Today I think that I need to tell you what the darkness was like.
Not because you don’t understand, but maybe because you do.
The darkness was realising one day that I had been married for almost two decades and felt nothing for my spouse
The darkness was asking endlessly ‘How did we get here?’ to which there was no answer that changed anything
The darkness was broken marriage vows
The darkness was broken hearts
The darkness was a longing for things I couldn’t have
The darkness was the confusion of finding myself deeply committed to pursuing discipleship of Christ, and yet breaking a fundamental commandment or two ( do not commit adultery, do not covet your neighbour’s husband).
The darkness was being tossed aside like a piece of rubbish
The darkness was the realisation that motherhood and the trials of life had changed me in ways I did not want to be changed.
The darkness was watching my child suffer in pain that couldn’t be alleviated.
The darkness was trying to square the circle.
The darkness was certainty that my marriage would end.
The darkness was the shame I felt because I wanted my marriage to end.
The darkness was feeling that I was on the outside
The darkness was wanting to end my life
The darkness was everywhere
Darkness limits our ability to think, to move, to act, to connect.
It isolates, frightens, diminishes and silences.
It is disorientating and the passing of time doesn’t lessen the confusion.
I was desperate for light. Every day I repeated to myself the promise which I wanted to believe – ‘God is enough’. I felt that I had nothing else. I believed that I was not loved by those I wanted to be loved by. I saw myself consigned to a loveless marriage. I believed I might be in the darkness for ever.The darkness was full of tears, and groans and pain. Sometimes I even scared myself with my own agony, But I never gave up looking for the light switch.
In my search for the light, each day I turned to a celtic book of prayers and readings and I read the bible passages assigned each day.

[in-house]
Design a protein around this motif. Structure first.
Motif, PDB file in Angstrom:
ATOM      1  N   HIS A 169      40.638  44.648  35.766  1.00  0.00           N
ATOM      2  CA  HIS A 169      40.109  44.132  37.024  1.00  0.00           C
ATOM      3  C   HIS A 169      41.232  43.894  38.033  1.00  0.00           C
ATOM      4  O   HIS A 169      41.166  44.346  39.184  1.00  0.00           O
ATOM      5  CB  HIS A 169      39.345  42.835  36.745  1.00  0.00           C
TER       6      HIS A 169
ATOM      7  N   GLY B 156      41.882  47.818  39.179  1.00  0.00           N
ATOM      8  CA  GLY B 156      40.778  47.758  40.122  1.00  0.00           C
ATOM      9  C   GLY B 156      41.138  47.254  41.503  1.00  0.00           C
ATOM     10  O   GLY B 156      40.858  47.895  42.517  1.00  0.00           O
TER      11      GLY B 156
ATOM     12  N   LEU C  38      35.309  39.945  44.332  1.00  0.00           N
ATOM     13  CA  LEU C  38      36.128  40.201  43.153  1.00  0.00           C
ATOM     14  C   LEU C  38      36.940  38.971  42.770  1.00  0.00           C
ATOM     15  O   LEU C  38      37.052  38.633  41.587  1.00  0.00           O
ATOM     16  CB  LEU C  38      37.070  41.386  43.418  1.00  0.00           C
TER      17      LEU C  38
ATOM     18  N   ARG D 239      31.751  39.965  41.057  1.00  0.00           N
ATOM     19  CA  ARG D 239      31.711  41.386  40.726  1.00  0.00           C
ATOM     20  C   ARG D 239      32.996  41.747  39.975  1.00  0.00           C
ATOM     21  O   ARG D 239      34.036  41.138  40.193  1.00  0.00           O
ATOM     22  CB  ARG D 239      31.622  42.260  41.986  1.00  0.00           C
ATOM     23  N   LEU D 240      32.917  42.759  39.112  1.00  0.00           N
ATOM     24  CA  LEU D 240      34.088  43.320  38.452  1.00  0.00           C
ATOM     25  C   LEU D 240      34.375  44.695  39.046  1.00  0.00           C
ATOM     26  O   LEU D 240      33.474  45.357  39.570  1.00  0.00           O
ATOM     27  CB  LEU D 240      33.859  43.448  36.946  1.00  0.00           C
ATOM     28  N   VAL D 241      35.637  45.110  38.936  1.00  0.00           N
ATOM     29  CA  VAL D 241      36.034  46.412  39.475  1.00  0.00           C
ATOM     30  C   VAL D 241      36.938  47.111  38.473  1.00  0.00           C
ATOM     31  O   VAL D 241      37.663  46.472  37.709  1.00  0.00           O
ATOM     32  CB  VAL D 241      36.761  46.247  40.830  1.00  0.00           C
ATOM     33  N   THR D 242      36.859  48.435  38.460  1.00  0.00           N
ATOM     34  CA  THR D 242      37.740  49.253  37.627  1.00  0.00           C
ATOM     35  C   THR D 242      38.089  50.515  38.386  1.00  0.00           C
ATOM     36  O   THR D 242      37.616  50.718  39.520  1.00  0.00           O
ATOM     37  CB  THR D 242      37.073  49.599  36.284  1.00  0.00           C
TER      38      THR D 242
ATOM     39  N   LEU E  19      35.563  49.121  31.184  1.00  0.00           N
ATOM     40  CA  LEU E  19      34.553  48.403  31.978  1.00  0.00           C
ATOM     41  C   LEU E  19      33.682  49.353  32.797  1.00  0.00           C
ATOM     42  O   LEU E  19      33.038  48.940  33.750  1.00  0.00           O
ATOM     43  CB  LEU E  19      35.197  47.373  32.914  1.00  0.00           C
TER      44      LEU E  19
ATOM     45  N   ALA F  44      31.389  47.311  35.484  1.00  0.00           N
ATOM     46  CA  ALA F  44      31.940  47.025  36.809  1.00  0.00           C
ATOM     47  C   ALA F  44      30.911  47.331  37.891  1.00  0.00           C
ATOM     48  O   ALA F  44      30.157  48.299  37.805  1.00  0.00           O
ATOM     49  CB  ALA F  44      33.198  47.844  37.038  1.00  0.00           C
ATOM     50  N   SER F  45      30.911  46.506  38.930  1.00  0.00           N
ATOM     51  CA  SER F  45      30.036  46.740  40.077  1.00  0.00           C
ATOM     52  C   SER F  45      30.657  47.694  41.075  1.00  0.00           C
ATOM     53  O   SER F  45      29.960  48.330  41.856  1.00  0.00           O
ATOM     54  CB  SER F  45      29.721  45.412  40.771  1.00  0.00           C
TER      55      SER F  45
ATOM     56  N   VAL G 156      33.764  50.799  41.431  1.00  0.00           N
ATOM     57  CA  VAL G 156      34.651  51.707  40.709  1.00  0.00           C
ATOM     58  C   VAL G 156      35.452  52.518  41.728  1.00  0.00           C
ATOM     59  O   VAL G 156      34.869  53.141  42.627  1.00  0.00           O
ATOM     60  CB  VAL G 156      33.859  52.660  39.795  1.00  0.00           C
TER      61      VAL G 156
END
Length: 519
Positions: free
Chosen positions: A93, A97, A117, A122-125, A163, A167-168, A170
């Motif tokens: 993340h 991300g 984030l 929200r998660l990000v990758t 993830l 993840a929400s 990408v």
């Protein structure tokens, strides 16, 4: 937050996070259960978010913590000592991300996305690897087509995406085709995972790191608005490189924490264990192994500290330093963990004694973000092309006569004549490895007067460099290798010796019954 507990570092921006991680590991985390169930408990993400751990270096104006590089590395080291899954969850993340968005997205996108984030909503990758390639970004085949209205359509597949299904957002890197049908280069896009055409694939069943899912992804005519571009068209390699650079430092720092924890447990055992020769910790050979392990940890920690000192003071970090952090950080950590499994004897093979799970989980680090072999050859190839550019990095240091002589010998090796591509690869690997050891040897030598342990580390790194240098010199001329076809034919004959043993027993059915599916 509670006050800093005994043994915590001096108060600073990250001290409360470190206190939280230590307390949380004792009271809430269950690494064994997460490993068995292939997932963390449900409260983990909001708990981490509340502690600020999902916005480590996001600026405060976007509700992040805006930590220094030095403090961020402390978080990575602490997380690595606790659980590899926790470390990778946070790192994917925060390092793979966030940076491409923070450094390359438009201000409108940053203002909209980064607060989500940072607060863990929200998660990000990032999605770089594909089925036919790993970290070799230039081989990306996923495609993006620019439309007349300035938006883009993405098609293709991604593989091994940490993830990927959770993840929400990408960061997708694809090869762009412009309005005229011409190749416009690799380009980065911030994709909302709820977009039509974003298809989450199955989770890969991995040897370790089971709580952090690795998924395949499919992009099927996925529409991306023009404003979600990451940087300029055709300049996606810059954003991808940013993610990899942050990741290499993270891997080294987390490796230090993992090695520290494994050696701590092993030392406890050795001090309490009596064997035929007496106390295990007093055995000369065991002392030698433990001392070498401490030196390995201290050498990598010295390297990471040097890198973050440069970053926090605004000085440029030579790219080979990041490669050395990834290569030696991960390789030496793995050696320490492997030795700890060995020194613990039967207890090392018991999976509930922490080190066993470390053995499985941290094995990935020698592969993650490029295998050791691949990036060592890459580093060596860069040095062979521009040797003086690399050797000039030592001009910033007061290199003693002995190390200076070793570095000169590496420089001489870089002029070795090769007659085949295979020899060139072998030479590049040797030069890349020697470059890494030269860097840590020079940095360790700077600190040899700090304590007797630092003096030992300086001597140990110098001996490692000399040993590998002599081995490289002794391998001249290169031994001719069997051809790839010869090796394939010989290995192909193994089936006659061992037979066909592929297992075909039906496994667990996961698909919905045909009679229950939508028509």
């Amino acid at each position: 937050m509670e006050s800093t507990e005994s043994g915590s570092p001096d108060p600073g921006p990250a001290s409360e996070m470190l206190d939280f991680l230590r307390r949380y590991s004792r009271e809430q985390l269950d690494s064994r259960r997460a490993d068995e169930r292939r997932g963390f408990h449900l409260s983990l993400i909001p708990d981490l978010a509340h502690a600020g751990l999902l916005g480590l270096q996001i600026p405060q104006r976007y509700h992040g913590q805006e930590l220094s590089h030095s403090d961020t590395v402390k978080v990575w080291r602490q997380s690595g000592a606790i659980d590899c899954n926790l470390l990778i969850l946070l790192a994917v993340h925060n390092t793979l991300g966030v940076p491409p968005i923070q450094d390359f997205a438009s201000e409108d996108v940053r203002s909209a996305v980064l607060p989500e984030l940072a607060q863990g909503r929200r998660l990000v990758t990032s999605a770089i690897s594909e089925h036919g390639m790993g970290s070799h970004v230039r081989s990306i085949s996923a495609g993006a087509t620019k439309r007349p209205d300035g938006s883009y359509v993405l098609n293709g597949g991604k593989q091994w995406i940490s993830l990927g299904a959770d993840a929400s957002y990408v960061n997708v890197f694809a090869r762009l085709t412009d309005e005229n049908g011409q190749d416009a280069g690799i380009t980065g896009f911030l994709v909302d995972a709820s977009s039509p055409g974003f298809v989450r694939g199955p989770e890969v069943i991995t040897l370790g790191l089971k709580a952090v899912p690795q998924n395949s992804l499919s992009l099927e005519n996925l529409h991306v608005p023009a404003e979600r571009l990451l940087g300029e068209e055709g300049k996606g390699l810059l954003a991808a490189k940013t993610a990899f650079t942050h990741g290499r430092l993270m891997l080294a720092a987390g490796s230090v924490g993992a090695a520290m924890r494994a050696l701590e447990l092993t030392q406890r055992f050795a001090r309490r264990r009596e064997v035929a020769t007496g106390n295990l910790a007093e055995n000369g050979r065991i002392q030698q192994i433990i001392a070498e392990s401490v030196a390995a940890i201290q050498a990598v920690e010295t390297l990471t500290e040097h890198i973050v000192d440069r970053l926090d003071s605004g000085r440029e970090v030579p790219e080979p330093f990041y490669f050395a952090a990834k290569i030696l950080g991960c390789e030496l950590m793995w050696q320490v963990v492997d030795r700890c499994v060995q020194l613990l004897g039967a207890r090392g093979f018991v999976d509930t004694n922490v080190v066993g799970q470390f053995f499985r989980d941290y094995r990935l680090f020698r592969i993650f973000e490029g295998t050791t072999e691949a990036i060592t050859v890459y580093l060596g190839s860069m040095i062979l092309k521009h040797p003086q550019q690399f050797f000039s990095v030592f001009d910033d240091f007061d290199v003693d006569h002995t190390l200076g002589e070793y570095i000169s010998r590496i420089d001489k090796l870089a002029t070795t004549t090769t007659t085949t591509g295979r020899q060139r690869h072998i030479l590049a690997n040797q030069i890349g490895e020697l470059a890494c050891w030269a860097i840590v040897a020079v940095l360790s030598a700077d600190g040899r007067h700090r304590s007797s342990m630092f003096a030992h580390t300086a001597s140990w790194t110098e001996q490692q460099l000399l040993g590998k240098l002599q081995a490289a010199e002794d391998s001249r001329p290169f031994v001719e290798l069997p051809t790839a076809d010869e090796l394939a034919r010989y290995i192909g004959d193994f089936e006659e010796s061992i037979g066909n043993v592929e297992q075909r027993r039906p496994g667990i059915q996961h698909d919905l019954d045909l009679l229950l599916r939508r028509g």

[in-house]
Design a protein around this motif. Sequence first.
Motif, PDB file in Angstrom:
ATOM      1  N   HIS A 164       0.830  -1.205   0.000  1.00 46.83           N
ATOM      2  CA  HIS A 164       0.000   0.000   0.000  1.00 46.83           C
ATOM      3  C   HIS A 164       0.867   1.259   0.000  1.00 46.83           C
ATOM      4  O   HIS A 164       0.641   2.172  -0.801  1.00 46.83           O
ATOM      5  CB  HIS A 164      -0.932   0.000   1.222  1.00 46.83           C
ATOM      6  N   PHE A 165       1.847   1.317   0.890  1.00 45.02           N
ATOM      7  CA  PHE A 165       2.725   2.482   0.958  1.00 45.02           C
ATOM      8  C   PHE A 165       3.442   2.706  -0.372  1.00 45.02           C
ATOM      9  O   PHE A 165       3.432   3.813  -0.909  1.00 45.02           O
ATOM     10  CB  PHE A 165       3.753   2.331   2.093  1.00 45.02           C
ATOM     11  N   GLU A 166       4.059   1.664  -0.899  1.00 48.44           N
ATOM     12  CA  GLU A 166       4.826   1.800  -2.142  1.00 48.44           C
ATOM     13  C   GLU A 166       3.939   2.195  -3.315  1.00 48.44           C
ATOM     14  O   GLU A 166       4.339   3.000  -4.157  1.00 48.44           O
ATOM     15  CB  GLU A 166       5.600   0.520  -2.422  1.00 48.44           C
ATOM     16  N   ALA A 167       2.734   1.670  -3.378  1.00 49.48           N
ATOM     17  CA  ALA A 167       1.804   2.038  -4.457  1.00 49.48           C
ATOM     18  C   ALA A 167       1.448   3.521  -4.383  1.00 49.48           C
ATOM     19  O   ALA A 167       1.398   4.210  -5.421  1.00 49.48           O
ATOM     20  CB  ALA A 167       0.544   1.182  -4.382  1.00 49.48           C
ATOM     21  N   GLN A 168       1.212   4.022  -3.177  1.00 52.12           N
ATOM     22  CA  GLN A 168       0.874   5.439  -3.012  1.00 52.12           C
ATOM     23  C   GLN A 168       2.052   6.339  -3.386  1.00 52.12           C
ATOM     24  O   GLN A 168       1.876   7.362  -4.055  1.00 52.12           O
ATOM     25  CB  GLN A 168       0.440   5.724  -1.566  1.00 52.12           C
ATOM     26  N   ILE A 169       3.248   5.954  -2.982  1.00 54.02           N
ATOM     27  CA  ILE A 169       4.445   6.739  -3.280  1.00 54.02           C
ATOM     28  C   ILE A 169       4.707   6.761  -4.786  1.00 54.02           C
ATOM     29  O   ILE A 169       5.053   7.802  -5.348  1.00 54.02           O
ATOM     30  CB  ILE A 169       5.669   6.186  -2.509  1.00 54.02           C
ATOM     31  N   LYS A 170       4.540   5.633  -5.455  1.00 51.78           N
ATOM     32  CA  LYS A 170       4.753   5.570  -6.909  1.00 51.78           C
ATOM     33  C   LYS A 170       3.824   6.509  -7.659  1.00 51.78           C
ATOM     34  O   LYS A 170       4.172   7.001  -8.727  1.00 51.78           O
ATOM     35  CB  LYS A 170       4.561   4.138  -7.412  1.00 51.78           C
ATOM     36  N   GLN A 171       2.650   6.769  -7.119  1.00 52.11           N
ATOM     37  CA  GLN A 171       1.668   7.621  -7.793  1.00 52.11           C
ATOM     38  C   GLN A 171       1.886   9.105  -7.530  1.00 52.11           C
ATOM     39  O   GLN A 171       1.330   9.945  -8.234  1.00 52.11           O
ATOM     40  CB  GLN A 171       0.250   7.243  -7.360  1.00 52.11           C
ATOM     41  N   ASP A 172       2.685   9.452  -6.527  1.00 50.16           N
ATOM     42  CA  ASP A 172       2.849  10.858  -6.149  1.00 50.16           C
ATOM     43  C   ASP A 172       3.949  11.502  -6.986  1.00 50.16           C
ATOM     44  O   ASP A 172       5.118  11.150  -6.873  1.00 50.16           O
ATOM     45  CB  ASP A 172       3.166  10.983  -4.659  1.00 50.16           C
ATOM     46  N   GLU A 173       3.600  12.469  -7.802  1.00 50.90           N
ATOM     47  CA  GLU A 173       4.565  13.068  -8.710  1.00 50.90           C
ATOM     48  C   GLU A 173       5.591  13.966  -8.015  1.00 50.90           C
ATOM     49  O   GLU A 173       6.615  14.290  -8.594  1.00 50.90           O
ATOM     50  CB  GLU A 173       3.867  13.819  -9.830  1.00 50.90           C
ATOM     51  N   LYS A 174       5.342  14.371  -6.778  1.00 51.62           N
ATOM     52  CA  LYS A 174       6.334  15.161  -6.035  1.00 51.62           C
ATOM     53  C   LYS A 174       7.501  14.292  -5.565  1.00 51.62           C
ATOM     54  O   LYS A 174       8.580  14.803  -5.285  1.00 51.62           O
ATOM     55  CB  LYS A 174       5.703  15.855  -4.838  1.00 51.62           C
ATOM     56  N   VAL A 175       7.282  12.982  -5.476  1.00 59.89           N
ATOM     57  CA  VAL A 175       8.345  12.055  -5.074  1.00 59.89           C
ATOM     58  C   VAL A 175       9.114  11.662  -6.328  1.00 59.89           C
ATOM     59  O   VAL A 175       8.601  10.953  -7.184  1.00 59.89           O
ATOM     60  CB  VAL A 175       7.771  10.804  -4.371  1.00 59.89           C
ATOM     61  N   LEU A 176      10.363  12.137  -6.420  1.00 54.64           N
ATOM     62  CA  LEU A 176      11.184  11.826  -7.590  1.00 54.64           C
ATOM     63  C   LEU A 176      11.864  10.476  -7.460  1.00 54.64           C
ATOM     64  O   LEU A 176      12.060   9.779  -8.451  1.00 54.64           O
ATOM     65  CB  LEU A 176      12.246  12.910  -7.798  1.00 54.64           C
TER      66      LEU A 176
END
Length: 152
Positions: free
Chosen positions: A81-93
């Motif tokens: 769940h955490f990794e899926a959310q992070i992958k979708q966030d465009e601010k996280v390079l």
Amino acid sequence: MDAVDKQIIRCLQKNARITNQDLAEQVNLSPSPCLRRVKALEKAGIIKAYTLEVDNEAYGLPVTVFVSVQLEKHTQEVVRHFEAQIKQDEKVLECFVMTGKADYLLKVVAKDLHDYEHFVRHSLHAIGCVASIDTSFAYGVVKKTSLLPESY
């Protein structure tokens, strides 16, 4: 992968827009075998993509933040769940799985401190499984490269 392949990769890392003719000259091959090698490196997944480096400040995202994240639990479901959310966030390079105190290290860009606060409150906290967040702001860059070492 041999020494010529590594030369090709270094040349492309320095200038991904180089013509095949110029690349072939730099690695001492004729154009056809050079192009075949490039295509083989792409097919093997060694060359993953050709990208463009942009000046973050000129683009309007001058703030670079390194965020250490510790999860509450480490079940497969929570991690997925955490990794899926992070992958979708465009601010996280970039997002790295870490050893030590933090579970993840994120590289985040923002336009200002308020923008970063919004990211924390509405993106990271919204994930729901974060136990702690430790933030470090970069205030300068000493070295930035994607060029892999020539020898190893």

Then one day I read this:
‘As the rain hides the stars,
as the autumn mist hides the hills,
happenings of my lot
hide the shining of Thy face from me.
Yet, if I may hold Thy hand
in the darkness,
it is enough:
since I know that,
though I may stumble in my going,
Thou dost not fall.’ Alistair MacLean
Even there Your hand will lead me, And Your right hand will lay hold of me. If I say, “Surely the darkness will overwhelm me, And the light around me will be night,” Even the darkness is not dark to You, And the night is as bright as the day. Darkness and light are alike to You.… Psalm 139
To God, darkness and light are the same.
He was there in the darkness just as He is in the light.
And as I lay in the darkness I became more aware of His presence than I had ever before been in the life I’d lived in the light. In the good times.
It was as if without the ability to see, my other senses were heightened. I felt Him. I could hear Him when he whispered. I wasn’t trying to go anywhere – I couldn’t – the darkness had me trapped, and so I did nothing but sit in the darkness, straining to feel His nearness. He held my hand.
The darkness is where I have learned the most of God. It is where I have found out who I am. I have emerged from it knowing that God is enough. That darkness and light are the same to Him. That darkness is survivable and definitely not the end. That it will likely come again, and when it does I will know to sit quietly and feel for His outstretched hand.
I’m not afraid of the dark.
I’ve written this account of faith in the dark to share on the day that Addie Zierman releases her book ‘Night Driving: A Story of Faith in the Dark’. I haven’t read it yet, but I will because her previous book resonated so deeply with me. If you want to read more of my own story of faith in darkness here is a good place to start.
Addie has also written one of my favourite descriptions of faith,
“It is not Before and After, a clean split, dark and light. It is gradual illumination, fireflies moving slowly toward you, softening the edge of the darkness”
― Addie Zierman,